The third party's defence to the defendant's statement of claim was filed on 12th April, 1976. They denied that the defendant is entitled to be indemnified and paragraph 2 of the defence reads:

“The Third Party denies that in the month of August 1971 or at any material time it held on fixed deposit or time deposit for the account of the defendant the sum of $80,71.39 or any sum at all”.


On 10th January, 1977 the third party gave notice that upon the hearing of another summons for directions which had been taken out by the plaintiff, they would seek variations to the Registrar's order of 24th February, 1976. They gave notice that they would seek leave to appear at the trial and oppose the plaintiff's claim and to be at liberty to:

  • (i) deny all the allegations in the statement of claim and put the plaintiff to proof of the same; and

  • (ii) raise certain specific defences namely:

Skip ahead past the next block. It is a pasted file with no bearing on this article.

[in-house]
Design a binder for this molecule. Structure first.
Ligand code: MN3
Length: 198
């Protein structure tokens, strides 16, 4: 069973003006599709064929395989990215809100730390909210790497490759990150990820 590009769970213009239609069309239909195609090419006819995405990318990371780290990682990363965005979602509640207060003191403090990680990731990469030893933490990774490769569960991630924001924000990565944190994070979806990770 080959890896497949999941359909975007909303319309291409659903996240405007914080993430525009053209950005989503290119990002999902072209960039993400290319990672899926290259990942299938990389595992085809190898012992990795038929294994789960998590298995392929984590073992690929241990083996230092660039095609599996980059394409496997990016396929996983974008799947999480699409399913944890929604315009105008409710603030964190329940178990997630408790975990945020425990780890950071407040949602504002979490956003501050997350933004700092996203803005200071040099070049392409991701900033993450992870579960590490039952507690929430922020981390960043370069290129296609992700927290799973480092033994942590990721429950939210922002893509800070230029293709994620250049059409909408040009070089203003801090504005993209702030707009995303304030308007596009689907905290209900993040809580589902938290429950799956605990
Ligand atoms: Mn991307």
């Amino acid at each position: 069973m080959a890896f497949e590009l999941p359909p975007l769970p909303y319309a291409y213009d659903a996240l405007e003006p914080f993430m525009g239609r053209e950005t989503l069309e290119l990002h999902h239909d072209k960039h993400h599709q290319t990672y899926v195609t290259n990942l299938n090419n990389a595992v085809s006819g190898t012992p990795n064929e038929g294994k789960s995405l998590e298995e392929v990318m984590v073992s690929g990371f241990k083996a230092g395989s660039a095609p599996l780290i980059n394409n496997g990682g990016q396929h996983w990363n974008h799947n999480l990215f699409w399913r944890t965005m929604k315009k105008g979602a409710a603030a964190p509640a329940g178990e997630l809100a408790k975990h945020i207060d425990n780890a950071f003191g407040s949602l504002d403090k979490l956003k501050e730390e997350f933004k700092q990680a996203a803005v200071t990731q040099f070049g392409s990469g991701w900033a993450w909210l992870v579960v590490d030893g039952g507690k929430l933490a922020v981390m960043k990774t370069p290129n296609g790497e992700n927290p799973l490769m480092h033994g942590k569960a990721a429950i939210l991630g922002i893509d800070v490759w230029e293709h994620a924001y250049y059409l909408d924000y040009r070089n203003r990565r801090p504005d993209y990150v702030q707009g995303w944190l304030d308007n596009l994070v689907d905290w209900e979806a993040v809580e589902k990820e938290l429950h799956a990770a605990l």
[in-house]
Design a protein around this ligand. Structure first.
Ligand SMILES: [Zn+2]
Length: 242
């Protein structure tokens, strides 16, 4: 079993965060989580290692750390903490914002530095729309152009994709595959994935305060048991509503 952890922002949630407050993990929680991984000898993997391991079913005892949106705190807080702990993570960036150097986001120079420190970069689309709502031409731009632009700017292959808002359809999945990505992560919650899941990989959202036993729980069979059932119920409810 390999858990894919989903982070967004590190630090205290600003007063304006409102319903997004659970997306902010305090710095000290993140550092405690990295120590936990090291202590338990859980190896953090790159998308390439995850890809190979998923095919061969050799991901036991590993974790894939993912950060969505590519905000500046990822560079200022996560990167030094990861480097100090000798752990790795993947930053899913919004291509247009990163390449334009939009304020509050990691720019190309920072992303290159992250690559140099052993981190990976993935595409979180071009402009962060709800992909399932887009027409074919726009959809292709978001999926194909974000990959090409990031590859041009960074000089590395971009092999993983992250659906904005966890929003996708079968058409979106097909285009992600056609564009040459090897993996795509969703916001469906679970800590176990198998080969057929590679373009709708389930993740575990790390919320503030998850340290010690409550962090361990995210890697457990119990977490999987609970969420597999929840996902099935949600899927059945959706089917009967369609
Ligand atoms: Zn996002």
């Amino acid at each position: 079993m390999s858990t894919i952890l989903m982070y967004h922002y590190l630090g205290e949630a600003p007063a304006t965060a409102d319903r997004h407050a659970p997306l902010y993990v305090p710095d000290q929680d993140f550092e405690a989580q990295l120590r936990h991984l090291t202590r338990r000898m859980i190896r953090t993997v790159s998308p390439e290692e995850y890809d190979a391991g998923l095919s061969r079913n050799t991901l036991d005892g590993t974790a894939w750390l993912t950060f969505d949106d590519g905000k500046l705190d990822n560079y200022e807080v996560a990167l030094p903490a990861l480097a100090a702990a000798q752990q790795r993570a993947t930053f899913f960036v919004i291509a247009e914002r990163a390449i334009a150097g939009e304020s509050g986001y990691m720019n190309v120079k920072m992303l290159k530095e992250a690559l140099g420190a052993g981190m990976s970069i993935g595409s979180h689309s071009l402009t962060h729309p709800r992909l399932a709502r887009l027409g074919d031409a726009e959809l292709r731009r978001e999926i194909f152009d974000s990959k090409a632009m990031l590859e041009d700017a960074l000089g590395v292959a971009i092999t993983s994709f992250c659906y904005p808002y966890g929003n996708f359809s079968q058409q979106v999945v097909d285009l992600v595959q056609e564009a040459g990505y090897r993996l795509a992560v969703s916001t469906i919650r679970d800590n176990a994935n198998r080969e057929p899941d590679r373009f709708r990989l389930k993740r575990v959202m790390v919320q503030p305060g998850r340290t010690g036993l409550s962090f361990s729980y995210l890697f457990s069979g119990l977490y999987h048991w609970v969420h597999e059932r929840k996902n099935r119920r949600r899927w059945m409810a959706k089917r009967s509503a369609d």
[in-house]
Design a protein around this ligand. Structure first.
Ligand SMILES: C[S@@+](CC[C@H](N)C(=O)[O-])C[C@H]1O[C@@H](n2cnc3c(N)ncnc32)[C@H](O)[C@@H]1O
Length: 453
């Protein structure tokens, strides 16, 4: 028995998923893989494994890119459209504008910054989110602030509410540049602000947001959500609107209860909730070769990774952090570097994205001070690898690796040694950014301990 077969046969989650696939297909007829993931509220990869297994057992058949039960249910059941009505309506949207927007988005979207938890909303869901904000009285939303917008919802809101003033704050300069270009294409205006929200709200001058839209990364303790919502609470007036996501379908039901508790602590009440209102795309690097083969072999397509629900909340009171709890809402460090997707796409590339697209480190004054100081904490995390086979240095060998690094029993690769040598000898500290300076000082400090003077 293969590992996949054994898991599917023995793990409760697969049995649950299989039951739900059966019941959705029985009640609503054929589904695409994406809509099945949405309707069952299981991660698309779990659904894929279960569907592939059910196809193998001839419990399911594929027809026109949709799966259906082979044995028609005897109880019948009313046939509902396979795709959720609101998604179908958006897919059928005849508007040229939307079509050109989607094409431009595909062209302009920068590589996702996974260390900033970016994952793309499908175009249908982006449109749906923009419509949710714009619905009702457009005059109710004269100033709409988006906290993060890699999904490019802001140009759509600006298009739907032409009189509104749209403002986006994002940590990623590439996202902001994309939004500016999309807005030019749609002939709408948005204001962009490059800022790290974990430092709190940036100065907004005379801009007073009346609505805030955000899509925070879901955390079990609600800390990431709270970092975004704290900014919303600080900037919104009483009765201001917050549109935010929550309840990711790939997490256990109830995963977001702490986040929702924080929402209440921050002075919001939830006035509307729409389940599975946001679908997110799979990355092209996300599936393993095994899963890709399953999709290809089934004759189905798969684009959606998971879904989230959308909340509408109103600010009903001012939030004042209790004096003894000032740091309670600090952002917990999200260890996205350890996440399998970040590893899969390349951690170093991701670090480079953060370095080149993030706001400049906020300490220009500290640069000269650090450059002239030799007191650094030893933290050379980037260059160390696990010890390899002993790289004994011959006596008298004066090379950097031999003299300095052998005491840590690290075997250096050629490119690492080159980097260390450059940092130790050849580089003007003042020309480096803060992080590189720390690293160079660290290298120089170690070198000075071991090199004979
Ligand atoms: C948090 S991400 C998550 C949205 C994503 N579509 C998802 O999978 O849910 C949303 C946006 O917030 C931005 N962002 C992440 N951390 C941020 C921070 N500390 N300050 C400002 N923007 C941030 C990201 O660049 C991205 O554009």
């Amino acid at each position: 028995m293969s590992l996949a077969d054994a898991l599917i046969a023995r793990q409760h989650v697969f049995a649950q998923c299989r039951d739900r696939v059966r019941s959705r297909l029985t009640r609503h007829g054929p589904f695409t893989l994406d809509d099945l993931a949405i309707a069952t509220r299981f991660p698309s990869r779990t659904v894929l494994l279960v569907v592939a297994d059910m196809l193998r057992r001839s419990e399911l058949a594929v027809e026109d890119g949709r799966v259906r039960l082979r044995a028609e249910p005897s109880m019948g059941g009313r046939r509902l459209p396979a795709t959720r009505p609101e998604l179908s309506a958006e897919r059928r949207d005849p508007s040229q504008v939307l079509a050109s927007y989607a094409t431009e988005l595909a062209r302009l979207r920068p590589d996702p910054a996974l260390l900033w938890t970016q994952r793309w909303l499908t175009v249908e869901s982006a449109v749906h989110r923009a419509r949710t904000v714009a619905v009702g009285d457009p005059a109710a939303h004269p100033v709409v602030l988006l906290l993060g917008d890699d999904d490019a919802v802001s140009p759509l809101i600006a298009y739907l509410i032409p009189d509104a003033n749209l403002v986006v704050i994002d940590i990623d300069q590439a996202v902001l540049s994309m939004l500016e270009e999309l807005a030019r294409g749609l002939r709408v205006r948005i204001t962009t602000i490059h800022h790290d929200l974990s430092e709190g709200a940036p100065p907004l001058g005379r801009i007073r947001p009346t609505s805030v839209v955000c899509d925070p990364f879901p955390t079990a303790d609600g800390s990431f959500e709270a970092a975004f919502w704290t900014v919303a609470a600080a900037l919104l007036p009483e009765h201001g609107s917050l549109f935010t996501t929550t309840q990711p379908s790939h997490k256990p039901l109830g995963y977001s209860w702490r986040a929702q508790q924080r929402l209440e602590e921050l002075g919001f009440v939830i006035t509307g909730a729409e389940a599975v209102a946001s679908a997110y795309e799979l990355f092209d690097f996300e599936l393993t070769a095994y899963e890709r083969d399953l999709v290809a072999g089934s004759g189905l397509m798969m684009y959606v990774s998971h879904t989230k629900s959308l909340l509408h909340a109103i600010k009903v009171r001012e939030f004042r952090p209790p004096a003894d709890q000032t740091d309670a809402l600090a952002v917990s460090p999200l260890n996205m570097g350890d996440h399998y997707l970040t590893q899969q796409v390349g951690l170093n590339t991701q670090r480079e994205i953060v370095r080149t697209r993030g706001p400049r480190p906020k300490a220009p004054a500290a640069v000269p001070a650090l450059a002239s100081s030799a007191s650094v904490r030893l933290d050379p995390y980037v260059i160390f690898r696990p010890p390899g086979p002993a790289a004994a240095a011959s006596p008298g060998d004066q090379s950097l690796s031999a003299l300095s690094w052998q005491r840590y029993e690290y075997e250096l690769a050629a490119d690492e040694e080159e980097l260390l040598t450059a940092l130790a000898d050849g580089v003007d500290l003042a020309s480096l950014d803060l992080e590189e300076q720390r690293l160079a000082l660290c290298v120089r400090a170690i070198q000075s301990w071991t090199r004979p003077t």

• (a) that the oral agreement is too vague to be enforceable

    • (b) that the plaintiff, through its chairman, the defendant, knew that the fixed deposit was monies of Concepta Corporation Ltd and not available to the defendant for his own personal use.


They also sought leave to serve on the plaintiff a request for further and better particulars of their claim; and annexed to the notice there was a draft of the further and better particulars. The notice issued by the third party also indicated that they would submit that the defendant's statement of claim should be struck out on the ground that it disclosed no cause of action against the third party.


The matter came before the Registrar on 20th January, 1977. We have been supplied with a copy of the Registrar's notes of the argument. Mr. Dunkley for the third party is recorded as having said:

“Third party…considers that defendant…has not raised all of the defences that he might raise. Third party therefore wishes to be active in defending against plaintiff. All of the orders I seek go towards that end…Third party is able to raise a defence on behalf of the defendant which defendant would not raise on his own behalf…Defendant…. knew that the money being held on deposit by the third party was held on behalf of Concepta Corporation Ltd., a company beneficially owned by the defendant and his wife.